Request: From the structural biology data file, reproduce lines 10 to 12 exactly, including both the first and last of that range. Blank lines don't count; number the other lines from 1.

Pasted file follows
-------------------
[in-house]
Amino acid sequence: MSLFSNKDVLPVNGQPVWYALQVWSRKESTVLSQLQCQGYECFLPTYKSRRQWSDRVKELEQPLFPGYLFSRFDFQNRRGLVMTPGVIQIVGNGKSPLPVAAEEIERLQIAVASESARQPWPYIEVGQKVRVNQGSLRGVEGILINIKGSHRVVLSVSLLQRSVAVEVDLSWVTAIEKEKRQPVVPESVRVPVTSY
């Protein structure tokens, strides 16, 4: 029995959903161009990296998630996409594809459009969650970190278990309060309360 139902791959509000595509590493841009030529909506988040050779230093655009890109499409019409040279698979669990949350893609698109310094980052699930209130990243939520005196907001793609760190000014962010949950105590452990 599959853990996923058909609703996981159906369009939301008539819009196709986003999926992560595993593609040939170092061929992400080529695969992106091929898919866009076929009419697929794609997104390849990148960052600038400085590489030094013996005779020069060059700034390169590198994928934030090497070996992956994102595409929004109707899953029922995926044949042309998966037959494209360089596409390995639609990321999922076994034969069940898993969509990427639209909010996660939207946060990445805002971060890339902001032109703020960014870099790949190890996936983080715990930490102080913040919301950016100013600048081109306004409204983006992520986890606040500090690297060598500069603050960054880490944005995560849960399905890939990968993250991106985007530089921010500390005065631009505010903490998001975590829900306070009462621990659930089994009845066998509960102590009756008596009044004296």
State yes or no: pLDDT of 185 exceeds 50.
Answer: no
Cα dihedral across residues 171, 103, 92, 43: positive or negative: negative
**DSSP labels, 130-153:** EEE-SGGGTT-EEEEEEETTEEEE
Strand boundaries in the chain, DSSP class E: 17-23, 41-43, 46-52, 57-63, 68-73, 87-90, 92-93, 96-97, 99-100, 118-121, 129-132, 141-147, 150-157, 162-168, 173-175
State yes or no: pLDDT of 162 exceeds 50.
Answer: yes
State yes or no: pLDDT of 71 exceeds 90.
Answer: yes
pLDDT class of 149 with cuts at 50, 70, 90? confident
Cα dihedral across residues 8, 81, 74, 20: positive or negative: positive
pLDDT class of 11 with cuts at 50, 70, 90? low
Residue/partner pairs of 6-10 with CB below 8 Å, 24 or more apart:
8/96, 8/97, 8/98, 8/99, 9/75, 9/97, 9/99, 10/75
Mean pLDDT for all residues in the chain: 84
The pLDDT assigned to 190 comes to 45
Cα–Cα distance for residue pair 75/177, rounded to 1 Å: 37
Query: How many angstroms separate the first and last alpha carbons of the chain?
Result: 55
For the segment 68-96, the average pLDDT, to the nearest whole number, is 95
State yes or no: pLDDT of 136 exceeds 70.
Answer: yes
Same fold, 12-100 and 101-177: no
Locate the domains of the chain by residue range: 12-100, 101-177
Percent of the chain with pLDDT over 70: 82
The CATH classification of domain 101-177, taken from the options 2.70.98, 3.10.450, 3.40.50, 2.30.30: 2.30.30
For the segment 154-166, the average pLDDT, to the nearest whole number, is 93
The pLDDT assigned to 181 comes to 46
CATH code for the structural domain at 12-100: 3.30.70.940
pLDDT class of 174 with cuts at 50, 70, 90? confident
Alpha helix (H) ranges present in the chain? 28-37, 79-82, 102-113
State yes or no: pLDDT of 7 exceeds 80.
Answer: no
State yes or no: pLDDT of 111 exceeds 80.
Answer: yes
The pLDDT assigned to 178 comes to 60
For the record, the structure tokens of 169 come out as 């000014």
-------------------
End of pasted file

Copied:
Answer: yes
State yes or no: pLDDT of 71 exceeds 90.
Answer: yes